Thursday, 10 November 2011

Freddy meets Isobel - the mouse who was allergic to milk

I spend a lot of time ignoring the fact that my daughter is allergic to milk, eggs, nuts, mustard, dust mites, horses and a bazillion pollens.  It’s quite easy really.  I make sure her food is safe, I bake cakes for her, I carry medication around and I spend a lot of time going ‘lalalalalalala.’


Because it is painful facing up to her allergies and the fact that she shows no signs of outgrowing them.  Every time she can’t have something and looks sad I feel a little bit depressed. 

When children shout across the playground, “You can’t have this because it’s got milk in!” I want to take them by the throat and snarl: “Do you have any idea how insensitive you are being?”     

Instead I give a yummy mummy smile laced with severe thoughts that might involve voodoo dolls and waterboarding.  

But although I try to ignore the allergies, I was really excited to read about Josie Warburton’s series of children’s books about food allergies.  Then I wondered if they would be macabre in some way.  Cartoon depictions of swollen eyes and a fairy wielding an auto-injector?

The answer is no to the swollen eyes and although an auto-injector is featured, it is called ‘magic medicine’ and looks nothing like an injector.  It’s also administered by the topless Mermaid Doctor who is actually pretty hot if you can get past his tail.  I would not mind at all if he showed up in an emergency.

I am digressing.

Josie kindly sent me a copy of ‘Freddy meets Isobel – The mouse who was allergic to milk’.  It tells the story of Freddy and Isobel going to the beach for the day and after an incident involving a mermaid – I won’t give away the plot – Isobel suffers an anaphylactic reaction and the Mermaid Doctor (fwoor!) is called.  There is no mention of anaphylaxis, but the story explains Isobel’s symptoms and thanks to the quick-thinking of both Freddy and the Mermaid, disaster is averted.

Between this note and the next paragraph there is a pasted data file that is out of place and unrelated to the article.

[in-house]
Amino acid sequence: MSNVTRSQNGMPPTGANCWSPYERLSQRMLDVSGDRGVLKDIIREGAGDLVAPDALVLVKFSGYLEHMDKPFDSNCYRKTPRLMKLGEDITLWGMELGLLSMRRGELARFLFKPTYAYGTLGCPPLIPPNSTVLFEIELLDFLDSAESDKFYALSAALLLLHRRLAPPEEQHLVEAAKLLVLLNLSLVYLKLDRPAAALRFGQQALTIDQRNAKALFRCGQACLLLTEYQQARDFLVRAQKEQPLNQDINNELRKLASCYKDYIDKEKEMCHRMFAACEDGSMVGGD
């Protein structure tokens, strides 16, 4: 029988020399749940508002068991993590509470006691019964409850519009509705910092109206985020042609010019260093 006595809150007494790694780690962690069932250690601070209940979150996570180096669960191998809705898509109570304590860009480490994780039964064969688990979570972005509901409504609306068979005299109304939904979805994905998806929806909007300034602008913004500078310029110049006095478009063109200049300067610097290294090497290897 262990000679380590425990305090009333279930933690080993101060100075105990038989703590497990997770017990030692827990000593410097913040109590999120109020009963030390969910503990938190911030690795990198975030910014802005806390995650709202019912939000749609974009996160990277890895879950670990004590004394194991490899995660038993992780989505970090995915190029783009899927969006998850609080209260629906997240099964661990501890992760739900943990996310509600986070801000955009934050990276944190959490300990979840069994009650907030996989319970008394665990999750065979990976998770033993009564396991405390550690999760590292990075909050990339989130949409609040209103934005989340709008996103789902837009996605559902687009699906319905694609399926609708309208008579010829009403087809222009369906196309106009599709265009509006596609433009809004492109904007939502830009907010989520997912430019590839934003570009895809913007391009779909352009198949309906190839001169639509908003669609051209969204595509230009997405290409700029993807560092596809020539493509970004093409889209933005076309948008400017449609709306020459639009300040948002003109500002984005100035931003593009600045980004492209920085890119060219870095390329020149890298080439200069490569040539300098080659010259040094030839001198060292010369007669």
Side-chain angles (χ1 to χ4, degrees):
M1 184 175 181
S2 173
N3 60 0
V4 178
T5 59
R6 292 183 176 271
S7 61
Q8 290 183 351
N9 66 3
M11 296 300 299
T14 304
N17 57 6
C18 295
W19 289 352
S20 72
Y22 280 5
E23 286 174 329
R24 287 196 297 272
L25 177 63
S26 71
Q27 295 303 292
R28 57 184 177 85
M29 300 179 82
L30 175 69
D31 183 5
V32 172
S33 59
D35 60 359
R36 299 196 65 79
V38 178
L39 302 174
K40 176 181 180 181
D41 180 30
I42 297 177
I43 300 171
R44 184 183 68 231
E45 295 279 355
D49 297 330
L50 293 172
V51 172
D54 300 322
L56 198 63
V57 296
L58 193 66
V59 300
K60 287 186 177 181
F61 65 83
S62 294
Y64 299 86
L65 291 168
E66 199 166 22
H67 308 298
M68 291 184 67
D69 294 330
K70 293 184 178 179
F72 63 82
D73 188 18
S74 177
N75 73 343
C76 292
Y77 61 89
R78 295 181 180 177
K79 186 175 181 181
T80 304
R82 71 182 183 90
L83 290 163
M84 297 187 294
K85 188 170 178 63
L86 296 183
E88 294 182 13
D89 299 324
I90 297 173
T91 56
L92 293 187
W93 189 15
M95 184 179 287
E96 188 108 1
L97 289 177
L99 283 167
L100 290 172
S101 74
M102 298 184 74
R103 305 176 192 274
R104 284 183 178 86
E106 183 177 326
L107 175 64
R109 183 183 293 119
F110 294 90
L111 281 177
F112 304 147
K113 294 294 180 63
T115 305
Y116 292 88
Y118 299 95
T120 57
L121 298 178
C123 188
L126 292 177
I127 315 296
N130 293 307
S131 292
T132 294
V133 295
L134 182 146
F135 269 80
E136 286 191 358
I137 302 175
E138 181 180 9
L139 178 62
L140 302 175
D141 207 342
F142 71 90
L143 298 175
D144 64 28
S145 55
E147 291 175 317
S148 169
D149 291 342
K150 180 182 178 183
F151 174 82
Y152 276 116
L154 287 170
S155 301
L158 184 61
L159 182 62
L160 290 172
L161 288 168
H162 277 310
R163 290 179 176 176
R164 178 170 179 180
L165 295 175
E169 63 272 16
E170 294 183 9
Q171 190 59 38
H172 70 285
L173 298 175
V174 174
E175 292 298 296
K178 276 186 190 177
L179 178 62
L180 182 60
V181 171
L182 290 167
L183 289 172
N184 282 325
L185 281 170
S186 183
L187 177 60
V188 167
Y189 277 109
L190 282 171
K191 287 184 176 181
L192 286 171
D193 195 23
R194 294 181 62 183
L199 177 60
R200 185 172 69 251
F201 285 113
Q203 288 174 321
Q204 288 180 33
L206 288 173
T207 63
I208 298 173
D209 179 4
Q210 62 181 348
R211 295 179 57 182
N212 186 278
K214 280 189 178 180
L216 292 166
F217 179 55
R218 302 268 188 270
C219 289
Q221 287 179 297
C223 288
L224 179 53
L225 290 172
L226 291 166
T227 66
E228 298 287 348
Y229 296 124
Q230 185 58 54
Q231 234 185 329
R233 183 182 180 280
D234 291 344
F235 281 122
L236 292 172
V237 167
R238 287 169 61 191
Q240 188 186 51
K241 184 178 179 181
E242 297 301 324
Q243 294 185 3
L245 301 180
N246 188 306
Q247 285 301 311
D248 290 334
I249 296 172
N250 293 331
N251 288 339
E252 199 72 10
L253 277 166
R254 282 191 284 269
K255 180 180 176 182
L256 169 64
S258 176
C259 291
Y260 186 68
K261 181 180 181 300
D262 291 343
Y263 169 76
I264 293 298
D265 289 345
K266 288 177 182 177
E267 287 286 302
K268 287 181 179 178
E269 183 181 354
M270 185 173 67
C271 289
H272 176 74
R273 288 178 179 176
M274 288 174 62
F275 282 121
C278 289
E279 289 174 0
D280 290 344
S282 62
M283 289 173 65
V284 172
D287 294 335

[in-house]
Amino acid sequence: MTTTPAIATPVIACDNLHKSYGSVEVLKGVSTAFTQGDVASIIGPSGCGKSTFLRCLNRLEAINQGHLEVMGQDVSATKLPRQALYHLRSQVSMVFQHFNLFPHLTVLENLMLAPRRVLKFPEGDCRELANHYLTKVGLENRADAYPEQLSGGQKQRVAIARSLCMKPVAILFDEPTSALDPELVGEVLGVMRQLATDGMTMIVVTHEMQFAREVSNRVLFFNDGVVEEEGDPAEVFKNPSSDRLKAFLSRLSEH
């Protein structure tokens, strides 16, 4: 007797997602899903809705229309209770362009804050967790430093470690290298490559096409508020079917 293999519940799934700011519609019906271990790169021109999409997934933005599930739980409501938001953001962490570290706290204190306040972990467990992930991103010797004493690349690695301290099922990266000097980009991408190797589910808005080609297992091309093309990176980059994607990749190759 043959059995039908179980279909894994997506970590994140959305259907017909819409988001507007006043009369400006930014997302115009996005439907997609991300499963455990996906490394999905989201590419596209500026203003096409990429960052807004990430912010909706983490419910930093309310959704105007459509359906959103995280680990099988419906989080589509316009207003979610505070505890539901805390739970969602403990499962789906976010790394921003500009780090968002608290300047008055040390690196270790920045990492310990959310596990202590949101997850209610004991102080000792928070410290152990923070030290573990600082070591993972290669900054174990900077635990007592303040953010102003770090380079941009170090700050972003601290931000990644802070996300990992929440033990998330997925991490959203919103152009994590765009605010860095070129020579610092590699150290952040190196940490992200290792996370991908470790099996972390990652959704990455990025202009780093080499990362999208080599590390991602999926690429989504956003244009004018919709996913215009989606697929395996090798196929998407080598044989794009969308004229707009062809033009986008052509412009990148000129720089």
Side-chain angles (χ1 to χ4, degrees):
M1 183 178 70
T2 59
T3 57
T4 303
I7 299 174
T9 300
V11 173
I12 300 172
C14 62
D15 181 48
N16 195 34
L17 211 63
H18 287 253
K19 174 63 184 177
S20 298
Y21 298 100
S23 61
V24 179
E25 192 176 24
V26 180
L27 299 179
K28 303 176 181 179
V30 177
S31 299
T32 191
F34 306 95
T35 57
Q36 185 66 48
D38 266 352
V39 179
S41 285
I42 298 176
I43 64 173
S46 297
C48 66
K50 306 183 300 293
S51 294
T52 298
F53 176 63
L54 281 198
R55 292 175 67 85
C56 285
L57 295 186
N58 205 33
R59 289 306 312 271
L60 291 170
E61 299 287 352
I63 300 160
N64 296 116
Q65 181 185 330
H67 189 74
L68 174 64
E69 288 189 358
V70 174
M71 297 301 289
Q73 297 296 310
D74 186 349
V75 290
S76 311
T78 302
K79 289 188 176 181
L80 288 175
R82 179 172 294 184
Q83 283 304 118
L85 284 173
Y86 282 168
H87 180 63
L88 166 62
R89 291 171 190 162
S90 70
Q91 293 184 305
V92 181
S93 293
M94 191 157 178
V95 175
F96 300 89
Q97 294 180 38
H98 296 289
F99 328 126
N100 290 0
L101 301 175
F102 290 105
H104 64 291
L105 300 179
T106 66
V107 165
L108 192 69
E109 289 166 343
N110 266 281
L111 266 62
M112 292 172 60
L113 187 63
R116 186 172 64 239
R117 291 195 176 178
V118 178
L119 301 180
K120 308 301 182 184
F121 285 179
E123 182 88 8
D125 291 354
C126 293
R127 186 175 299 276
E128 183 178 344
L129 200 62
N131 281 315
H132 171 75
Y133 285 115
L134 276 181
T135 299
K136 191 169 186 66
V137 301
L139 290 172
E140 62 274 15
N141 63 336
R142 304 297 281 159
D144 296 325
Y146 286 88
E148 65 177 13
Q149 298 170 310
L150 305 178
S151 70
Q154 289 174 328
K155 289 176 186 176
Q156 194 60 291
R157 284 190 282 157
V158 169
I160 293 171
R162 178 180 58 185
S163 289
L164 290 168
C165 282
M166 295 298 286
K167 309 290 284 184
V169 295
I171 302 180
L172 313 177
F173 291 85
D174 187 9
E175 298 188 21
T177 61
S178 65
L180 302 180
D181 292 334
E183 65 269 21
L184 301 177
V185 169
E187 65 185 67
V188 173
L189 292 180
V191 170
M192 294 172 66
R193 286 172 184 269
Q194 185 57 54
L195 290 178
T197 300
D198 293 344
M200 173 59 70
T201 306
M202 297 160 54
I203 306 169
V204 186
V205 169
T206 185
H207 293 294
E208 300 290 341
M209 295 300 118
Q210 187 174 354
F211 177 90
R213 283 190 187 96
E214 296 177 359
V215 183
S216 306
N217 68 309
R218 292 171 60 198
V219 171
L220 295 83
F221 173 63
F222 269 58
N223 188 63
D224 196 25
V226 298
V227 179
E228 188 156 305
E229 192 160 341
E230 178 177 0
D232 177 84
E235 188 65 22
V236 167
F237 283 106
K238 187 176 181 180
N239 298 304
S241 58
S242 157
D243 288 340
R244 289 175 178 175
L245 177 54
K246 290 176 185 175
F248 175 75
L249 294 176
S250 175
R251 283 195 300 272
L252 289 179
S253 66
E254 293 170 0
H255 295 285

I had every intention of sitting down with my six-year-old and reading the story to her.  Instead as soon as I showed her the book she grabbed it and ran off to read it.  She came back looking very thoughtful.

“What do you think?” I asked. 
She smiled, “It made me feel happy because I’m not the only one with allergies.”

She then spent the next hour making a poster that showed Freddy and Isobel and we read the story again at bedtime. 

The following day she took the book to school and the teacher read it to her class.  Her classmates then asked questions about her allergies and the teacher felt it was a really useful discussion which allowed the children to discuss allergies in a natural, positive way.  My daughter was thrilled with all the attention and the opportunity to speak about her allergies and how they affect her.

And since then?  

All I’ve heard is:

“Mummy, when can you buy me ‘Freddy meets Ginger – The fox who was allergic to eggs?” 

“Mummy, have you ordered the Freddy book yet?”

“Mummy, have you done it yet? I really want the other Freddy book.”

Thanks for that Josie.

I love Josie’s book and how special it made my daughter feel.  I love that it is another step to raising allergy awareness and that it presents allergies as serious, yet manageable.  The book is a brilliant way for parents and teachers to talk openly about what it means to be allergic in a non-threatening, playful way.  

Stellar work Josie!

The book is available through  or via Josie's site: where international postage is available.  Josie has also written Freddy adventures that cover nut allergies, fish allergies and flying with allergies.

Do you want Josie to write another one? Contact her with your ideas via

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vintagemom said...

So cute! Have you read The Bugabees? Also a charming book for children with food allergies. My two younger sons read it over and over :)

Lisa @ Allergy Free Vintage Cookery

Pig in the Kitchen said...

I've not read The Bugabees, must Google! Thank-you.
Pig x

QB said...

Princess and the Peanut is also fab. Thanks for sharing, I'm going to look this one up!

Iota said...

Sounds like a great book.